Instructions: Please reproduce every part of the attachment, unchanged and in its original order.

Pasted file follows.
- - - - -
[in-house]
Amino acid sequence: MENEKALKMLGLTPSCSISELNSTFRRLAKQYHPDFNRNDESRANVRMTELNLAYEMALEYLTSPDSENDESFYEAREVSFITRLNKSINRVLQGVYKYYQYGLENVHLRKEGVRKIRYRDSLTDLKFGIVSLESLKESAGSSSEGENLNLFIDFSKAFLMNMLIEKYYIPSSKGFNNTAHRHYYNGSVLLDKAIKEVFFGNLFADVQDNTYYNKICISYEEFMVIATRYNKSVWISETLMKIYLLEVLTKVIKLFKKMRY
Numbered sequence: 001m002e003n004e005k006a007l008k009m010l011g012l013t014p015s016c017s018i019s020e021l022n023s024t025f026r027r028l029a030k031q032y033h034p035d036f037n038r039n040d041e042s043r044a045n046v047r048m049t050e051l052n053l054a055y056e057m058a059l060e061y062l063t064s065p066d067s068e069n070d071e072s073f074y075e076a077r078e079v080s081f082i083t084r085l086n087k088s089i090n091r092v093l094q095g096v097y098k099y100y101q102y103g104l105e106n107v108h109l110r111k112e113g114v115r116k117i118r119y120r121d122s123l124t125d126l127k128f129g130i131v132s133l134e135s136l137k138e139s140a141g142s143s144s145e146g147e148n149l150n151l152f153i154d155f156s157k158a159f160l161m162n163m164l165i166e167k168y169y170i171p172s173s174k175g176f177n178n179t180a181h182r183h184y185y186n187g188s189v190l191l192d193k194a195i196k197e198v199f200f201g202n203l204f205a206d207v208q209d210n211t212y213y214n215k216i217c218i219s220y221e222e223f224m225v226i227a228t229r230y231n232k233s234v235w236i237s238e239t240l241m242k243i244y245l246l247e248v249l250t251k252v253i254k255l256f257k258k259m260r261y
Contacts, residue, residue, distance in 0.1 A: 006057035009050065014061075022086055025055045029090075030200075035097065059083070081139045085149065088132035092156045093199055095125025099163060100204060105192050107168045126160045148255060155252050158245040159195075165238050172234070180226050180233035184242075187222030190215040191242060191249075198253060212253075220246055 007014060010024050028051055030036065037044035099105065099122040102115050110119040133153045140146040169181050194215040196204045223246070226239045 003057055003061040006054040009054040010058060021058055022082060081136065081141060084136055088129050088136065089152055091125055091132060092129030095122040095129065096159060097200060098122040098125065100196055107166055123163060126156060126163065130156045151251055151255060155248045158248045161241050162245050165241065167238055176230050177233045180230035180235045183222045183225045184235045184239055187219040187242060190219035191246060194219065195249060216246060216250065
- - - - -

[in-house]
Amino acid sequence: MENEKALKMLGLTPSCSISELNSTFRRLAKQYHPDFNRNDESRANVRMTELNLAYEMALEYLTSPDSENDESFYEAREVSFITRLNKSINRVLQGVYKYYQYGLENVHLRKEGVRKIRYRDSLTDLKFGIVSLESLKESAGSSSEGENLNLFIDFSKAFLMNMLIEKYYIPSSKGFNNTAHRHYYNGSVLLDKAIKEVFFGNLFADVQDNTYYNKICISYEEFMVIATRYNKSVWISETLMKIYLLEVLTKVIKLFKKMRY
Numbered sequence: 001m002e003n004e005k006a007l008k009m010l011g012l013t014p015s016c017s018i019s020e021l022n023s024t025f026r027r028l029a030k031q032y033h034p035d036f037n038r039n040d041e042s043r044a045n046v047r048m049t050e051l052n053l054a055y056e057m058a059l060e061y062l063t064s065p066d067s068e069n070d071e072s073f074y075e076a077r078e079v080s081f082i083t084r085l086n087k088s089i090n091r092v093l094q095g096v097y098k099y100y101q102y103g104l105e106n107v108h109l110r111k112e113g114v115r116k117i118r119y120r121d122s123l124t125d126l127k128f129g130i131v132s133l134e135s136l137k138e139s140a141g142s143s144s145e146g147e148n149l150n151l152f153i154d155f156s157k158a159f160l161m162n163m164l165i166e167k168y169y170i171p172s173s174k175g176f177n178n179t180a181h182r183h184y185y186n187g188s189v190l191l192d193k194a195i196k197e198v199f200f201g202n203l204f205a206d207v208q209d210n211t212y213y214n215k216i217c218i219s220y221e222e223f224m225v226i227a228t229r230y231n232k233s234v235w236i237s238e239t240l241m242k243i244y245l246l247e248v249l250t251k252v253i254k255l256f257k258k259m260r261y
Contacts, residue, residue, distance in 0.1 A: 006057035009050065014061075022086055025055045029090075030200075035097065059083070081139045085149065088132035092156045093199055095125025099163060100204060105192050107168045126160045148255060155252050158245040159195075165238050172234070180226050180233035184242075187222030190215040191242060191249075198253060212253075220246055 007014060010024050028051055030036065037044035099105065099122040102115050110119040133153045140146040169181050194215040196204045223246070226239045 003057055003061040006054040009054040010058060021058055022082060081136065081141060084136055088129050088136065089152055091125055091132060092129030095122040095129065096159060097200060098122040098125065100196055107166055123163060126156060126163065130156045151251055151255060155248045158248045161241050162245050165241065167238055176230050177233045180230035180235045183222045183225045184235045184239055187219040187242060190219035191246060194219065195249060216246060216250065